Similar Skin

Album Review of Similar Skin by Umphrey's McGee.

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Similar Skin

Umphrey's McGee

Similar Skin by Umphrey's McGee

Release Date: Jun 10, 2014
Record label: MRI
Genre(s): Pop/Rock, Neo-Prog, Prog-Rock, Jam Bands

64 Music Critic Score
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Similar Skin - Fairly Good, Based on 5 Critics

PopMatters - 70
Based on rating 7/10

Often categorized as any combination of “improvisational progressive rock jam band”, Indiana sextet Umphrey’s McGee is known for its distinctive blend of accessible atmosphere, complex arrangements, and tongue-in-cheek vibe. In other words, their carefree, colorful attitudes offer an unexpected juxtaposition to their musical chops. On their eighth effort, Similar Skin, they once again manage a pristine balance between intricacy, eccentricity, and straightforwardness; however, the songwriting itself isn’t especially memorable, so the experience is mostly forgettable once the record is done.

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American Songwriter - 60
Based on rating 3/5

The press release for Umphrey’s McGee’s eighth studio album calls them a “genre-defying sextet,” which is about as accurate a way to portray the veteran band as any. This journeyman ensemble shifts gears from complex King Crimson and Rush styled prog to dumbed down Kiss and Bachman-Turner overdrive hard rock, meaty Led Zeppelin crunch and upbeat singalong pop with blues, jazz and indie threads, often combined within the same song. That covers a lot of ground and the group’s top-notch instrumental prowess guarantees the final product is always listenable and professionally performed.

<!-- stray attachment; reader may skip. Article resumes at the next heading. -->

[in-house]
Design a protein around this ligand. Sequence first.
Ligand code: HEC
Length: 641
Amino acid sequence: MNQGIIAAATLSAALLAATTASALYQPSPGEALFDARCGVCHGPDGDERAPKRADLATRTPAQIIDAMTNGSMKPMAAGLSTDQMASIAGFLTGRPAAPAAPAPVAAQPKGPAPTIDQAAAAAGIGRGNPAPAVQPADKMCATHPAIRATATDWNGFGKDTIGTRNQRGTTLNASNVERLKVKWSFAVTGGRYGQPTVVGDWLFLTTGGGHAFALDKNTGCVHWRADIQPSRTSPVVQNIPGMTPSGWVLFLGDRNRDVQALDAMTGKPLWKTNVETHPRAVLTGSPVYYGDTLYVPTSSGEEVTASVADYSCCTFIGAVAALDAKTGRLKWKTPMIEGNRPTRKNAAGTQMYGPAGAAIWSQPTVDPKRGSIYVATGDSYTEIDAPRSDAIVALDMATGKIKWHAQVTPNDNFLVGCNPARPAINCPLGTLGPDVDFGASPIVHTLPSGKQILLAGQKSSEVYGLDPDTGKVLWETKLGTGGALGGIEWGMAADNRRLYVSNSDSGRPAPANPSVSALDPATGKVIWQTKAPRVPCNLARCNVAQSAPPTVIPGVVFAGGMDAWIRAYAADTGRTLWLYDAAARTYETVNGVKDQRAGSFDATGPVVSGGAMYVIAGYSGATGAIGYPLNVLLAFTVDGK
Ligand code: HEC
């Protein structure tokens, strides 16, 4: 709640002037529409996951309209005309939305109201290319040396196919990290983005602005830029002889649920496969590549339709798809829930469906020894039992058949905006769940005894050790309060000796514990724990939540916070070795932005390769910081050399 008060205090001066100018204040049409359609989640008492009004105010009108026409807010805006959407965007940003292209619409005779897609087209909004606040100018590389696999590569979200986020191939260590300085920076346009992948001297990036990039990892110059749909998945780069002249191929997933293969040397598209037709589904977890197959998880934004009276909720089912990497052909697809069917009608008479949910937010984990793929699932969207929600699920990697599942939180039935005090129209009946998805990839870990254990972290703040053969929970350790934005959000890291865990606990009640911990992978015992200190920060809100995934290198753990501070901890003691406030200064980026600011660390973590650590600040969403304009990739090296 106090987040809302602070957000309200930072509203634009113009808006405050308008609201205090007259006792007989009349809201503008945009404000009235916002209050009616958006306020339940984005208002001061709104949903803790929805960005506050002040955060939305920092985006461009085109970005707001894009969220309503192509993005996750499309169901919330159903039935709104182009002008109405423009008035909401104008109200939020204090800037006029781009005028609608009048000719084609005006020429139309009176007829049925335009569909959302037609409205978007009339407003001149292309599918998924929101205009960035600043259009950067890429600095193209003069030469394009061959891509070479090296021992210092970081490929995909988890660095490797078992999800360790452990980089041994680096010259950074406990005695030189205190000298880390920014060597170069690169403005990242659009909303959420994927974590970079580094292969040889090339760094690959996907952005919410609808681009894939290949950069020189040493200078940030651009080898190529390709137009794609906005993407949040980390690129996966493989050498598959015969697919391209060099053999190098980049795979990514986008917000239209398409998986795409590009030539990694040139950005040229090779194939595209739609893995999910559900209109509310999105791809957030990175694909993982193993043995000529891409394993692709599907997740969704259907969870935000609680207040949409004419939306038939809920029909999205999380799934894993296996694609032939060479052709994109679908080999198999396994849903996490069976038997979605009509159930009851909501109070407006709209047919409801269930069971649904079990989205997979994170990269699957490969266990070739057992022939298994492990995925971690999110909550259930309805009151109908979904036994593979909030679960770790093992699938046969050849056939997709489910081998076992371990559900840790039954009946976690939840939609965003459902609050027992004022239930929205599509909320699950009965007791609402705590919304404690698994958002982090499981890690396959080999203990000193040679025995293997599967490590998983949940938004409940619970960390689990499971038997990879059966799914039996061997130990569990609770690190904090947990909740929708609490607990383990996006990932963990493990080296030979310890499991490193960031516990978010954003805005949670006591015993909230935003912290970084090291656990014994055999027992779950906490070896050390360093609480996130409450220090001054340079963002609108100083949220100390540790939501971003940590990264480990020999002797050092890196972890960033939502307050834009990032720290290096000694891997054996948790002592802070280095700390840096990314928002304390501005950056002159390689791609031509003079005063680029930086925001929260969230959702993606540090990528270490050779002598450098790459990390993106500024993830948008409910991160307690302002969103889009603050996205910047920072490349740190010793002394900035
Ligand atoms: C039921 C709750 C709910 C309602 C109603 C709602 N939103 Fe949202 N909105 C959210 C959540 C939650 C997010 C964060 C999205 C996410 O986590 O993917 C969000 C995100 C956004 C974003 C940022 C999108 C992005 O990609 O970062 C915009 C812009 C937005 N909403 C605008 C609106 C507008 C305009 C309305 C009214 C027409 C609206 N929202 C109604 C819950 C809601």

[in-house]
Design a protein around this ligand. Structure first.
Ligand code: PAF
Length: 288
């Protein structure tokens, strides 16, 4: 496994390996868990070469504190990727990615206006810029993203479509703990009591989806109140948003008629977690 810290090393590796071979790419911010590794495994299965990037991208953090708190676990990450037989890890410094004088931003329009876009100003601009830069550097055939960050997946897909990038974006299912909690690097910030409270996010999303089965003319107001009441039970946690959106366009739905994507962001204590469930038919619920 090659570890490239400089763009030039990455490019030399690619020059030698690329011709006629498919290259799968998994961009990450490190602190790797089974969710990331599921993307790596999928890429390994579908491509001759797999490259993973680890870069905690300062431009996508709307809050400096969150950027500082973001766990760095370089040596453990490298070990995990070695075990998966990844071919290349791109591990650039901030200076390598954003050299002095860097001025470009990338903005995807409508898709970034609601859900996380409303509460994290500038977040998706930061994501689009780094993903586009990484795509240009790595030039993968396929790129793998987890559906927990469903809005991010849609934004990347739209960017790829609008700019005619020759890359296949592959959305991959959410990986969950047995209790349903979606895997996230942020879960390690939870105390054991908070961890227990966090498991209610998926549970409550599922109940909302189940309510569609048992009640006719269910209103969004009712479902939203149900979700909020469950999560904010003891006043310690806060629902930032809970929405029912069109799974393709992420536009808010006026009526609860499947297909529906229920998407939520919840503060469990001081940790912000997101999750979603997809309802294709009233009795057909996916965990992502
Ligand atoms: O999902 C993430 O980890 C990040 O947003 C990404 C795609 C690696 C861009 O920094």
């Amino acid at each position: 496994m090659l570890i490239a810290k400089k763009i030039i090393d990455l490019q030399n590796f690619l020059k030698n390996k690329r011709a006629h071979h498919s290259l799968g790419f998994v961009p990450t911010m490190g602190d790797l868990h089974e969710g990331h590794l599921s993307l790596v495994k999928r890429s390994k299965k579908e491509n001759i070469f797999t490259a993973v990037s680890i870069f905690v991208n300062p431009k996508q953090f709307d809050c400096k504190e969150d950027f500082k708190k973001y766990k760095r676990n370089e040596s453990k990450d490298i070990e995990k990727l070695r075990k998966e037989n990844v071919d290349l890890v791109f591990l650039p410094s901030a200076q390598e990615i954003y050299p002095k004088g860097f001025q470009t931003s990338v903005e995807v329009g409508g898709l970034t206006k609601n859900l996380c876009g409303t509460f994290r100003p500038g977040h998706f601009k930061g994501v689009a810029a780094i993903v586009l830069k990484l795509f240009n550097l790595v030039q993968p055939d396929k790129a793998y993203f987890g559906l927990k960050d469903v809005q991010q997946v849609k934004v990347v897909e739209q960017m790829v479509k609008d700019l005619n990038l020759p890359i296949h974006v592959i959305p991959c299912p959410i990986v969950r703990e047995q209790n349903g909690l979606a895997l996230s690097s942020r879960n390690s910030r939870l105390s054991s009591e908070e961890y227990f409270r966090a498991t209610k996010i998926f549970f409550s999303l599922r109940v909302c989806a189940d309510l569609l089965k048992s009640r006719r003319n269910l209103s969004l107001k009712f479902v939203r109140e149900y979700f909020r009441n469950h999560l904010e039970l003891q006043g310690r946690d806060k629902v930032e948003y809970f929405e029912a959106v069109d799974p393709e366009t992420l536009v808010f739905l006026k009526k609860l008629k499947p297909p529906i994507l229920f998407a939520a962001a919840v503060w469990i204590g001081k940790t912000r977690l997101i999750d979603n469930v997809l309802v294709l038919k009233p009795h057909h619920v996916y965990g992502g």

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Rolling Stone - 60
Based on rating 3/5

Umphrey's McGee are a veteran act steeped in prog musicianship, metal power and genre-jumping inventiveness that thinks in terms of album-length statements – in other words, a novelty act in 2014. All those elements are in play on their eighth LP, which is full of knotty Rush/King Crimson/Police-style textures and Eighties hard-rock thrust. They even try some tuneful jam-pop with the Phish-meets-Hall-and-Oates of "No Diablo." "There's no need to overthink this through," Brendan Bayliss sings on "Educated Guess," a slipstream sprawl of classical strings, drum-clinic rhythmic precision and hydra-headed guitar insanity.

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Their review was positive

I’ve been listening to an unhealthy amount of Umphrey’s McGee lately. That in of itself isn’t particularly interesting or difficult; they’re generous with what they make available on Spotify and given their branded status as a “jamband,” are required to have upwards of 2,000 shows available for free download and/or streaming in the Live Music Archive. And on paper, they contain all the hallmarks of said classification—namely a rigorous touring schedule with a propensity for twenty-five minute songs; a seemingly bottomless bag of cover tunes to go with their equally bottomless bag of originals; and in Brendan Bayliss, a frontman who despite being highly charismatic sings because he’s required to, not because he actually can.

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Blurt Magazine
Their review was only somewhat favourable

One of Umphrey’s McGee’s greatest strengths lies in the fact that they seem to defy characterization… and in many cases, expectations as well. Although the initial inclination might be to label them a jam band – a term that’s always been somewhat ambiguous as well – a closer listen to their shifting dynamics makes that classification seem somewhat tenuous. With Similar Skin, their eighth album – and first since 2011 – the group takes dramatic liberties with their forward-leaning approach, venturing into hard rock territory with an assured heavy metal rumble.

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